Filling in for Sean Spicer, White House Deputy Press Secretary Sarah Huckabee-Sanders on Wednesday answered questions from reporters about exactly why President Trump fired FBI Director James Comey Tuesday evening.
“The president had lost confidence in James Comey, and frankly he’d been considering letting Comey go since the day he was elected,” Huckabee-Sanders explained, but said U.S. Attorney General Jeff Sessions and Deputy Attorney General Rod Rosenstein had come to Trump first on Monday to express their concerns about Comey.
Huckabee-Sanders is the daughter of former Arkansas governor Mike Huckabee.
She added, “I think most of America on its own had decided that Director Comey was not the person that should be leading the FBI, as evidenced by the numerous comments that we’ve seen from Democrat members in the House and Senate, Republican members, members of the FBI, and people across the board.”
Huckabee-Sanders said a catalyst to all this happening now was that last Wednesday “Director Comey made a pretty startling revelation that he had essentially taken a stick of dynamite and thrown it into the Department of Justice by going around the chain of command when he decided to take steps without talking to the attorney general or deputy attorney general when holding a press conference and telling them that he would not let them know what he was going to say.”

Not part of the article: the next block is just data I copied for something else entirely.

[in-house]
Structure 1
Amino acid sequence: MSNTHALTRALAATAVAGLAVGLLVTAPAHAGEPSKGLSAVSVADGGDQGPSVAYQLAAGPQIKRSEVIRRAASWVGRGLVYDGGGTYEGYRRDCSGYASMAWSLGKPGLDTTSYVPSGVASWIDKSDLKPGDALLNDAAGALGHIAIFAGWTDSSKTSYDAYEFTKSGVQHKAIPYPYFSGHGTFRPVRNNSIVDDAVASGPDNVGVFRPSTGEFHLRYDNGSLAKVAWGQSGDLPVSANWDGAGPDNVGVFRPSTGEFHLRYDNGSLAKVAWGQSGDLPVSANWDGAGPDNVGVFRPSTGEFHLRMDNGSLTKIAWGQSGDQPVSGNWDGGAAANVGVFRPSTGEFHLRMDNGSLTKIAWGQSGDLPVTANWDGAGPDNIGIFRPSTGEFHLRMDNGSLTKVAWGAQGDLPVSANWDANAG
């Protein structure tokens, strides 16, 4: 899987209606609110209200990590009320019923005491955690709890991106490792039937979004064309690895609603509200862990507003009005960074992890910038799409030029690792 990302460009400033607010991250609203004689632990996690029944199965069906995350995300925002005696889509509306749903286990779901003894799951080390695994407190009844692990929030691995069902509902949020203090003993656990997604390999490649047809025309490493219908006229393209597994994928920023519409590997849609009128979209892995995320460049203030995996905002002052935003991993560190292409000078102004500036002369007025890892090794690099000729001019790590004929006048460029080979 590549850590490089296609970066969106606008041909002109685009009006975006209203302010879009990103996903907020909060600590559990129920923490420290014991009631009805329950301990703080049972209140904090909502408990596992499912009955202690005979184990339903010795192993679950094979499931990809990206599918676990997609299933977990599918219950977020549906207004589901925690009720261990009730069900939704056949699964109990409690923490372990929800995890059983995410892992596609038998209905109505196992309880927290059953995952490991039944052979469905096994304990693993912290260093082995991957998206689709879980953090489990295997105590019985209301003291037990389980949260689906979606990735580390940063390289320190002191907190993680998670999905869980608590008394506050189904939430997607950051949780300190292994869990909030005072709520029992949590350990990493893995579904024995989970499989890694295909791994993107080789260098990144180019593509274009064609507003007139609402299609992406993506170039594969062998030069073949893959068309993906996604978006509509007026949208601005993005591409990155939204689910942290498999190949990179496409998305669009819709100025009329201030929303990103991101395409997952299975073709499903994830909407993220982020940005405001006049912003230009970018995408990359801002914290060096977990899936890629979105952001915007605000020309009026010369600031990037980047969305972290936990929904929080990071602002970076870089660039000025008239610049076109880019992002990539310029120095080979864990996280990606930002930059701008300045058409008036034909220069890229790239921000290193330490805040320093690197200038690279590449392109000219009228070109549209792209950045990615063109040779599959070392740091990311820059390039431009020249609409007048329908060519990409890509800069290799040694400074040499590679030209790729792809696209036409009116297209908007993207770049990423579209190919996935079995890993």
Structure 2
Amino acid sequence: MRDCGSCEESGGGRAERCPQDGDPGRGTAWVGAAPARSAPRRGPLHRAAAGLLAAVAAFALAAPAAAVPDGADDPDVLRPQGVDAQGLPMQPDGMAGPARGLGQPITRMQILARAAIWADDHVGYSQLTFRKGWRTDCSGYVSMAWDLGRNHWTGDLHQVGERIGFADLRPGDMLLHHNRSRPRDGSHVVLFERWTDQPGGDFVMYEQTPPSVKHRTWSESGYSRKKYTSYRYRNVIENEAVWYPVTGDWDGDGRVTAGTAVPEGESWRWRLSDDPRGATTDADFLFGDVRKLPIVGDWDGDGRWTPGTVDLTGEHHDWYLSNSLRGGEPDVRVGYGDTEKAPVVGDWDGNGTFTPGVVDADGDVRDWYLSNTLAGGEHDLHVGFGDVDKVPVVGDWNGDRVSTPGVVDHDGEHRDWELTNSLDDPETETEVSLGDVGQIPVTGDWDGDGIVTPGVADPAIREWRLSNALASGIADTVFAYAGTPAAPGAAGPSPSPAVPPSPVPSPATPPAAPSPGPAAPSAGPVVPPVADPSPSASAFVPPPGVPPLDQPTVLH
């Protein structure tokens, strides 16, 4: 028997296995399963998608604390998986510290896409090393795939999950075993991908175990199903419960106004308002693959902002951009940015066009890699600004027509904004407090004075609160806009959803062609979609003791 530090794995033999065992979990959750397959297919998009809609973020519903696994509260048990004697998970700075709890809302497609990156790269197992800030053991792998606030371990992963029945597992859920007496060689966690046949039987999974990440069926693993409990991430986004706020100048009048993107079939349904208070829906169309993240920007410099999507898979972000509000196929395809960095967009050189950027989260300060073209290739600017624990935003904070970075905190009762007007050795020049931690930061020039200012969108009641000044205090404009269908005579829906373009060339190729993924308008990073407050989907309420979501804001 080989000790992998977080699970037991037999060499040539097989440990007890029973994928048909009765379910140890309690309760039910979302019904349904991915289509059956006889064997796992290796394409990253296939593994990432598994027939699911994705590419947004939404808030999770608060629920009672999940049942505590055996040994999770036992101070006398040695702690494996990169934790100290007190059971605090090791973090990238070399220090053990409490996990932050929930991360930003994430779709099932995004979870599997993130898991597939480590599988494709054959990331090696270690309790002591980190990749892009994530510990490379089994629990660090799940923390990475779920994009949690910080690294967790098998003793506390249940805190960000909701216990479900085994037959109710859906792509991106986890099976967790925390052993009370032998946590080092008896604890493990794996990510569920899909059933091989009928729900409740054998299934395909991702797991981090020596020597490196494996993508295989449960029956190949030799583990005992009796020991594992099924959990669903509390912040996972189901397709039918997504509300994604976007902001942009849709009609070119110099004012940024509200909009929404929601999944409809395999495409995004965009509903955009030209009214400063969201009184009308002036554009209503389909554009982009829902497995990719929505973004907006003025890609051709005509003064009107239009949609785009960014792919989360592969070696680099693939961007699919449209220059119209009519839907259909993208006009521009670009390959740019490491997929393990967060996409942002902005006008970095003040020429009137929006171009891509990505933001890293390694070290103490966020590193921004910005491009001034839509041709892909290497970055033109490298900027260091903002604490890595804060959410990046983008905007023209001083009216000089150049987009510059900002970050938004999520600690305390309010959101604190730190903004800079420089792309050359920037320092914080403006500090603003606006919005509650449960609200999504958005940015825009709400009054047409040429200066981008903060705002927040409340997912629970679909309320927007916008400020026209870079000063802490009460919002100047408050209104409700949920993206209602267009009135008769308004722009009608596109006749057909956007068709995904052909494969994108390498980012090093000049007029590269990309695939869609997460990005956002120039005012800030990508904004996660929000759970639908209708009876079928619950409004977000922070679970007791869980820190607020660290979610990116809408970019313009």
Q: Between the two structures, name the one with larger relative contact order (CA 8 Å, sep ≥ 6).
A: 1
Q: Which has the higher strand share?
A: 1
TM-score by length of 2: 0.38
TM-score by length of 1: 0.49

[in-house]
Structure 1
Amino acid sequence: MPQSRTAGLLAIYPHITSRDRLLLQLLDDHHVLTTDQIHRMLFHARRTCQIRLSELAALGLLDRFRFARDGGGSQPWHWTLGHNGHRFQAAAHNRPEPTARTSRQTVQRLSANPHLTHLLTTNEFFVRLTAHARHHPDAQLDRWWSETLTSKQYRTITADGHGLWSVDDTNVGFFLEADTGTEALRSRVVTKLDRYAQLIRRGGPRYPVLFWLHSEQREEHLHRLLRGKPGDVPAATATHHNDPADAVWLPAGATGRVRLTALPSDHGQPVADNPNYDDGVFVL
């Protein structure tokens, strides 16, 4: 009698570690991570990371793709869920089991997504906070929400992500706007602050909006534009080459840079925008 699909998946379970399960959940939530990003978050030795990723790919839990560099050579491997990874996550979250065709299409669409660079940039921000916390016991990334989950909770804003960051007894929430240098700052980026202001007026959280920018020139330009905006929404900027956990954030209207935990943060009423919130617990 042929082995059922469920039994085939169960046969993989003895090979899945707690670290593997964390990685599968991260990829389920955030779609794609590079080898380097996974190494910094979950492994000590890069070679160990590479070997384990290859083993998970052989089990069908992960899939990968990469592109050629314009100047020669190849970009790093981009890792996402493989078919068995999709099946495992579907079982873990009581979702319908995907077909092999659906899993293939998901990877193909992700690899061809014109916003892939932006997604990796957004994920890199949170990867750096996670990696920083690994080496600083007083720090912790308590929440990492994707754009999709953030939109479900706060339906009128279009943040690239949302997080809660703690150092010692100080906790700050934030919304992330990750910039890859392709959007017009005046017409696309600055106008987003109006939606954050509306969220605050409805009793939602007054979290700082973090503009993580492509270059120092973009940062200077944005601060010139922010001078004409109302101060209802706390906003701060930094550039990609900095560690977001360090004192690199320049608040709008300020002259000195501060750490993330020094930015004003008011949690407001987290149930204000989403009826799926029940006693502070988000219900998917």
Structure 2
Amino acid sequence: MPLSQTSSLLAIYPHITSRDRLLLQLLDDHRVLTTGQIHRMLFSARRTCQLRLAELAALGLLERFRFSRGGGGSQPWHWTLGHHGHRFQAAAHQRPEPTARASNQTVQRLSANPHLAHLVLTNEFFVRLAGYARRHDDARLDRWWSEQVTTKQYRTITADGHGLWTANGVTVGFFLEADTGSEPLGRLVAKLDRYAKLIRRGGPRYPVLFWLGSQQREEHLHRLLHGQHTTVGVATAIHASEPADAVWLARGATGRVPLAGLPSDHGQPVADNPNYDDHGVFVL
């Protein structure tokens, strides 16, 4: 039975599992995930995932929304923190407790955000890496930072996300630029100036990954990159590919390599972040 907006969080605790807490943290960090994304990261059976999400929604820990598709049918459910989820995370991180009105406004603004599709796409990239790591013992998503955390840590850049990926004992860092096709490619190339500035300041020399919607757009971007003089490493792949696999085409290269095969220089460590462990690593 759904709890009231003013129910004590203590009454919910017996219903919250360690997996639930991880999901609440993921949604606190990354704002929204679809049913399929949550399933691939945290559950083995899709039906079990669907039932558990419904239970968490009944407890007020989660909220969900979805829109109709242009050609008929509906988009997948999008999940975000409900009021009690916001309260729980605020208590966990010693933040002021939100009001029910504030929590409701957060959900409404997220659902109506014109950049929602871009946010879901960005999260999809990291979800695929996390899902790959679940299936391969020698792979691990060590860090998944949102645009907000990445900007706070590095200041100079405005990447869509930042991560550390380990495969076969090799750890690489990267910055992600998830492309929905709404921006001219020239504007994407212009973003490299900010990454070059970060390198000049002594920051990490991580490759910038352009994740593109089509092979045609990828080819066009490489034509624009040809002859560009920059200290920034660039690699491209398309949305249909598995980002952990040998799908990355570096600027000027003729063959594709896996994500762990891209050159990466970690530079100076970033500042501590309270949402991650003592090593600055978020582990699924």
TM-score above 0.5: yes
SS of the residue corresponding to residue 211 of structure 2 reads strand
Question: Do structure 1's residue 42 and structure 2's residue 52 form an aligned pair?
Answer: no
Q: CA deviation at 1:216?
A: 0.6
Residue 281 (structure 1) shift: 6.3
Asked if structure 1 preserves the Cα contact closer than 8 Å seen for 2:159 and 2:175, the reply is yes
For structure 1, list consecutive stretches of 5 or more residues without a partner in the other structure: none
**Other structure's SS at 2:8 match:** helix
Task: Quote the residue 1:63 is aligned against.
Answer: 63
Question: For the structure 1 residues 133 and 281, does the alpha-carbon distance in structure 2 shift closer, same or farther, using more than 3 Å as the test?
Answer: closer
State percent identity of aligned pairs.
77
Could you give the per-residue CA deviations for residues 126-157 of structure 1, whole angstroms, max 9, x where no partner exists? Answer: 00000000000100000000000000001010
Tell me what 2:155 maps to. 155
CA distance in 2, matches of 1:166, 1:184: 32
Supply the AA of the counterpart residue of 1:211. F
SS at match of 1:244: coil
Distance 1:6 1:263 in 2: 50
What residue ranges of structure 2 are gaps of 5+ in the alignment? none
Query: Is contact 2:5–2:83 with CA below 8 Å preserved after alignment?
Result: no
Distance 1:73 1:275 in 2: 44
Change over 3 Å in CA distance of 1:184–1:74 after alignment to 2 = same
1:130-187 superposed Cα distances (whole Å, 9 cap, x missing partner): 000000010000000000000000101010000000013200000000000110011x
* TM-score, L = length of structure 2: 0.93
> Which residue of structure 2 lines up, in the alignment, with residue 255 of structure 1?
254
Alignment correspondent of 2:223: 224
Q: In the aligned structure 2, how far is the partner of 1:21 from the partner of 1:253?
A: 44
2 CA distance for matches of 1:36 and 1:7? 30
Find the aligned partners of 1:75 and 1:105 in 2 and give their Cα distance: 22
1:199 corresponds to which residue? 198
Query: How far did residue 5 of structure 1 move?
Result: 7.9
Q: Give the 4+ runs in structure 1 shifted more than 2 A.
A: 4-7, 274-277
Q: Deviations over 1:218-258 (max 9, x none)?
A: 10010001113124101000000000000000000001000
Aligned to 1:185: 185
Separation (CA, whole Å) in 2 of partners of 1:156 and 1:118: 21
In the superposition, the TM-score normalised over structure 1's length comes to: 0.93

“And that is simply not allowed,” she explained.
She also said that Comey “has shown over the last several months — and frankly the last year — a lot of missteps and mistakes.”
Huckabee-Sanders pointed out how much the Democratic leadership has wanted Comey gone, and said, “Frankly, I think it’s startling that Democrats aren’t celebrating this since they’ve been calling for it for so long.”
Answering accusations that Trump is being inconsistent, too, because he praised Comey’s reopening of the investigation into Hillary’s email scandal, Huckabee-Sanders explained that Trump was a candidate then, not the president, and he’s since learned of Comey’s “atrocities in circumventing the chain of command in the Department of Justice.”
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